Lidocaine is eliminated via the hepatic cytochrome P450 3A4 pathway [ 1 ] . Serum lidocaine concentration depends on several factors including patient and injection method. Severe liver dysfunction or medications that inhibit cytochrome P450 3A4, such as, itraconazole, erythromycin, amiodarone, cimetidine, valproate, may theoretically result in toxicity at lower doses [ 1 , 4 ] . A study on intravenous administration of lidocaine showed a lower clearance in patients with Child C cirrhosis and concluded that a 50% reduction in dosage was necessary in these patients [ 5 ] . Further studies showed that dose reduction is only indicated with repeated blocks administered less than 5 half-lives apart or with continuous infusion, as lidocaine accumulates in cirrhotic patients [ 1 ] . Notably, plasma levels attained after subcutaneous injection are lower than that by intravenous injection, thus adjustment of dose may not be necessary after subcutaneous injection, especially if only a single dose is required [ 1 ] .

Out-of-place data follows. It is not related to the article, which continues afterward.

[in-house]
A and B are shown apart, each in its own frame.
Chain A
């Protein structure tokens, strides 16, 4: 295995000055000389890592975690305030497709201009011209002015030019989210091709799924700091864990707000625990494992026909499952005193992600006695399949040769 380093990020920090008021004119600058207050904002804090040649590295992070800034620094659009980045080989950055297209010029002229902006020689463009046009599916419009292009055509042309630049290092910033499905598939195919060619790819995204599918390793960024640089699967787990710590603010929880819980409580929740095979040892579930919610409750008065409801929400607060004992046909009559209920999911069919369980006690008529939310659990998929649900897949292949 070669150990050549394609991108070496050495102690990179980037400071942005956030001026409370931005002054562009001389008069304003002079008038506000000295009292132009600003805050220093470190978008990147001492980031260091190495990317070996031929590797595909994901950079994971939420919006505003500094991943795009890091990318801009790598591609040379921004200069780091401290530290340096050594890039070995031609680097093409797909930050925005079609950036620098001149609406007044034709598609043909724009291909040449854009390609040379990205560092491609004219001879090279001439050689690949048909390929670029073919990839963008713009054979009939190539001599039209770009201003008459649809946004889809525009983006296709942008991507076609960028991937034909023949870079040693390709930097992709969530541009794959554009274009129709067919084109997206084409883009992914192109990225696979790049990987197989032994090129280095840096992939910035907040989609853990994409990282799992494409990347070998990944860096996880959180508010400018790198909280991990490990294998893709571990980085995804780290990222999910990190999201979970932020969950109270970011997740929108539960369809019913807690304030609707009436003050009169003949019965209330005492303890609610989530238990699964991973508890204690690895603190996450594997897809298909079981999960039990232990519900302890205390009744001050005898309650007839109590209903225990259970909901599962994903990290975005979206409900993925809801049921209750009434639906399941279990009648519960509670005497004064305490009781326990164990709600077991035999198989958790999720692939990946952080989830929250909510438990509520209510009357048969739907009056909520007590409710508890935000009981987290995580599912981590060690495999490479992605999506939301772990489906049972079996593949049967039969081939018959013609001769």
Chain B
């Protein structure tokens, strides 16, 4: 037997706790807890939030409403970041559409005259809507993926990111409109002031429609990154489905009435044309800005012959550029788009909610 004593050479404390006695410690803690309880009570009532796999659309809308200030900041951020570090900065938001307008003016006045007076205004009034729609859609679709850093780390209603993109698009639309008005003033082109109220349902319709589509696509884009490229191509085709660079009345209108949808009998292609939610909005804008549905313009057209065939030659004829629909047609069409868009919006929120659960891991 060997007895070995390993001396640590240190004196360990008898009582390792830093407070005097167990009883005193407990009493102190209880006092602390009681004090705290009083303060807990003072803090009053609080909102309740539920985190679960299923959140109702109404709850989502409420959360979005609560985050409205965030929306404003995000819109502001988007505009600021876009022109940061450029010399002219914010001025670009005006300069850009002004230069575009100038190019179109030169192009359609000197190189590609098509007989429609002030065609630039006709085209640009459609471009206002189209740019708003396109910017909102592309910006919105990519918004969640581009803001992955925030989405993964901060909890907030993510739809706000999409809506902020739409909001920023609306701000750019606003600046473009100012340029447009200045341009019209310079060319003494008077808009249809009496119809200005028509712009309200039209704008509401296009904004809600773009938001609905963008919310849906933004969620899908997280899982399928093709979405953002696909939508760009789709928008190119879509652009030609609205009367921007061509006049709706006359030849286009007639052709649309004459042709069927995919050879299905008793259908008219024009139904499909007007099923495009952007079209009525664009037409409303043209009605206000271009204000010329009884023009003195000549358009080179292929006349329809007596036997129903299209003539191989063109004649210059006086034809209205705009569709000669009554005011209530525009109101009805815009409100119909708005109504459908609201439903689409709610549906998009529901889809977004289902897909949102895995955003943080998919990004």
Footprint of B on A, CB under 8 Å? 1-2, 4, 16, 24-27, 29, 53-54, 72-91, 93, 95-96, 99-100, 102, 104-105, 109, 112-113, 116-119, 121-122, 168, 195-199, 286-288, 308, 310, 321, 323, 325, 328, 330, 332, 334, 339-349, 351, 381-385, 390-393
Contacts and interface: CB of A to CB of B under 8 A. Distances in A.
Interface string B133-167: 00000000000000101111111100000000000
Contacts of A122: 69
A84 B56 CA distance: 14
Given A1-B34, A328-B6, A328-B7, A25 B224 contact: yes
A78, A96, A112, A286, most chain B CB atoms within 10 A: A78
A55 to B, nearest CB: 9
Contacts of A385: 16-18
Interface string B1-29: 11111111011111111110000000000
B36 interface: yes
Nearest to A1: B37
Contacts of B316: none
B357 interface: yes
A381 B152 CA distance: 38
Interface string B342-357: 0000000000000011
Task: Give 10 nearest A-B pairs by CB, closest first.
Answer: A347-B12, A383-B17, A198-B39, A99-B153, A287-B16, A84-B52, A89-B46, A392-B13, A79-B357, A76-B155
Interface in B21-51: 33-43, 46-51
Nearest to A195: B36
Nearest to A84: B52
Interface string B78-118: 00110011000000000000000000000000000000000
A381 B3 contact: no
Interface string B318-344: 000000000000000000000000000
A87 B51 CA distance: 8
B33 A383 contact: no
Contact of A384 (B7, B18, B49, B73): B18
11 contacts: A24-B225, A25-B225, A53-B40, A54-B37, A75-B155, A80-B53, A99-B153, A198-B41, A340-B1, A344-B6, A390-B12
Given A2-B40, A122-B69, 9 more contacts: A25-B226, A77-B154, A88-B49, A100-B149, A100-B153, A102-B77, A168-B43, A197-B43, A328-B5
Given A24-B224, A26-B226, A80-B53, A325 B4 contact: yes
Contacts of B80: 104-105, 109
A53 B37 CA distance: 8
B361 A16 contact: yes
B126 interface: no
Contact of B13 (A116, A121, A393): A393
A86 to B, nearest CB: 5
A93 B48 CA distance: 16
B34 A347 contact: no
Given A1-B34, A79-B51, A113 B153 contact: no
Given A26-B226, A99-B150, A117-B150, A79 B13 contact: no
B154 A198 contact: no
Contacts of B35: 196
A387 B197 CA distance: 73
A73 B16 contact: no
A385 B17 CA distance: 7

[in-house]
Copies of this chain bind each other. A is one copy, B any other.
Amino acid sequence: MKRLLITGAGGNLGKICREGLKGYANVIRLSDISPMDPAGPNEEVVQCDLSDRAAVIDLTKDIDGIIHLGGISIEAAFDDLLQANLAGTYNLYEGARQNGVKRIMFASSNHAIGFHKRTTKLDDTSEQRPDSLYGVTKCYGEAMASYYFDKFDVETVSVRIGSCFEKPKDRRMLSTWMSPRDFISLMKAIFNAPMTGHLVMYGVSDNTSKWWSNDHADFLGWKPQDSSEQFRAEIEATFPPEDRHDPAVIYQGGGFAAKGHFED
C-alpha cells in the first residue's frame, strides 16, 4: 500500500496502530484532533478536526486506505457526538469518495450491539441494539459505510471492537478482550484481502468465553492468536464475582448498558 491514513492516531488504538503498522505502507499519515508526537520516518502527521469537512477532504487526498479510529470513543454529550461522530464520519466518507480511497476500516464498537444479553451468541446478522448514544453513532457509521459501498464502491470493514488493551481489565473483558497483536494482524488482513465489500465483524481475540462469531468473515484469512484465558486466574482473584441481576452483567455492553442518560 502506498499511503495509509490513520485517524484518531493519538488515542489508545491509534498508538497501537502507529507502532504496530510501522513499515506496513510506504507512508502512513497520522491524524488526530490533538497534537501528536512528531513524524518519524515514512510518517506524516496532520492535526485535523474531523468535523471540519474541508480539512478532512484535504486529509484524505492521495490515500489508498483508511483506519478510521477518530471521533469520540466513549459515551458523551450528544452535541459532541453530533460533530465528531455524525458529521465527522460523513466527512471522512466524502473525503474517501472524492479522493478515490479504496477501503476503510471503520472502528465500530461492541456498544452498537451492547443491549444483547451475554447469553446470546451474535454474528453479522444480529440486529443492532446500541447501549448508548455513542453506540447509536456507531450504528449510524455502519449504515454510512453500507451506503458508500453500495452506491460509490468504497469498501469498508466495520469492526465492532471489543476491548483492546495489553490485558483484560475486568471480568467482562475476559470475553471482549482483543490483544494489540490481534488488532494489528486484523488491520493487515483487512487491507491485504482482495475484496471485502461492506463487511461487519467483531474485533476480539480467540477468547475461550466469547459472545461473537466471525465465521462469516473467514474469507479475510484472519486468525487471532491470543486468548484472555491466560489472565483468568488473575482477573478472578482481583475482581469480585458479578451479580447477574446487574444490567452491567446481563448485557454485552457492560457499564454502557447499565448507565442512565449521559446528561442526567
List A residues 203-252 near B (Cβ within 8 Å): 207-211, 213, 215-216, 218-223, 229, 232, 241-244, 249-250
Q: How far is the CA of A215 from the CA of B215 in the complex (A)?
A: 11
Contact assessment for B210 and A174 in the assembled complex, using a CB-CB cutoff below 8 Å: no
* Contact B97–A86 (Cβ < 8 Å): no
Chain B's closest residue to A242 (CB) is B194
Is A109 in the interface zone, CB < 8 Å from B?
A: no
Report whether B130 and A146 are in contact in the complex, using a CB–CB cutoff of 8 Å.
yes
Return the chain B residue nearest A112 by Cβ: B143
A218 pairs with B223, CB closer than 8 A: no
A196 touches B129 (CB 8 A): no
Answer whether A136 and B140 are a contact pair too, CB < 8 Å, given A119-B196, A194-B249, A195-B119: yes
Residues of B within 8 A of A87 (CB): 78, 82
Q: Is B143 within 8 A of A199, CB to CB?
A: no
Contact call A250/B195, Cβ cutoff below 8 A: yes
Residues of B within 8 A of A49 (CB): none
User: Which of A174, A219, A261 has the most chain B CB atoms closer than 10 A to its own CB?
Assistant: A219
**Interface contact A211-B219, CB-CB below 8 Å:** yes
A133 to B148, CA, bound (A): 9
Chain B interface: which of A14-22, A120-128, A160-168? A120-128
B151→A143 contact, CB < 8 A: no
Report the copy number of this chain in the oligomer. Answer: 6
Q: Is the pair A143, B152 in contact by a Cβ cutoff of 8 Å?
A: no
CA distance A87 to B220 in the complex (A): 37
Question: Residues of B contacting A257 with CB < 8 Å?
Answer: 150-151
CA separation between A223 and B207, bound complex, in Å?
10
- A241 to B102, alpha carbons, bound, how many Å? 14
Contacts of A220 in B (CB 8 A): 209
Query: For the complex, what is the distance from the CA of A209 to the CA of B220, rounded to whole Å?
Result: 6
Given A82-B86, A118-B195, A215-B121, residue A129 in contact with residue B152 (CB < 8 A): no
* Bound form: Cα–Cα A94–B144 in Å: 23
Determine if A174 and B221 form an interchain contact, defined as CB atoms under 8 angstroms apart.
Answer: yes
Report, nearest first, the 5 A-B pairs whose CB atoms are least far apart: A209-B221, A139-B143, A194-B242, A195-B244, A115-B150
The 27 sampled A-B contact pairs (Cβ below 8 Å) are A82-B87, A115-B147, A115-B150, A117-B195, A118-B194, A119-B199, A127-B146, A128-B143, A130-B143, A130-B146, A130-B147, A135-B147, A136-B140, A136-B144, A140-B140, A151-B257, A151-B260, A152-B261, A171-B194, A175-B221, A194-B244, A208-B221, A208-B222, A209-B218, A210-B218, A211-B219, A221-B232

Infiltration with epinephrine (potent vasoconstrictor) or as a diluted solution, as in tumescent anesthesia (increased local hydrostatic pressure), slows lidocaine uptake with resulting increased half-life and lower peak plasma levels, that permit a higher maximum dose to be administered [ 1 , 4 , 6 ] . Lidocaine is lipophilic and slower absorption allows a depot-like effect [ 4 ] . Ramon et al studied the combination of epinephrine and dilute lidocaine (0.33%) in patients undergoing facelift surgery. The half-life of lidocaine was found to be increased to 6 hours (compared with 2 hours for intravenous lidocaine) when used together with epinephrine [ 6 ] . In addition, researchers were able to safely use 3 times the threshold limit of maximum recommended lidocaine doses (17 to 26 mg/kg of lidocaine). Despite the much higher doses used, the maximum lidocaine plasma concentration remained well below the toxic range (1.14 to 2.2 μg/mL) and no adverse effects were noted [ 6 ] . Similarly, doses up to 55mg/kg have been administered safely with tumescent anesthesia [ 7 ] .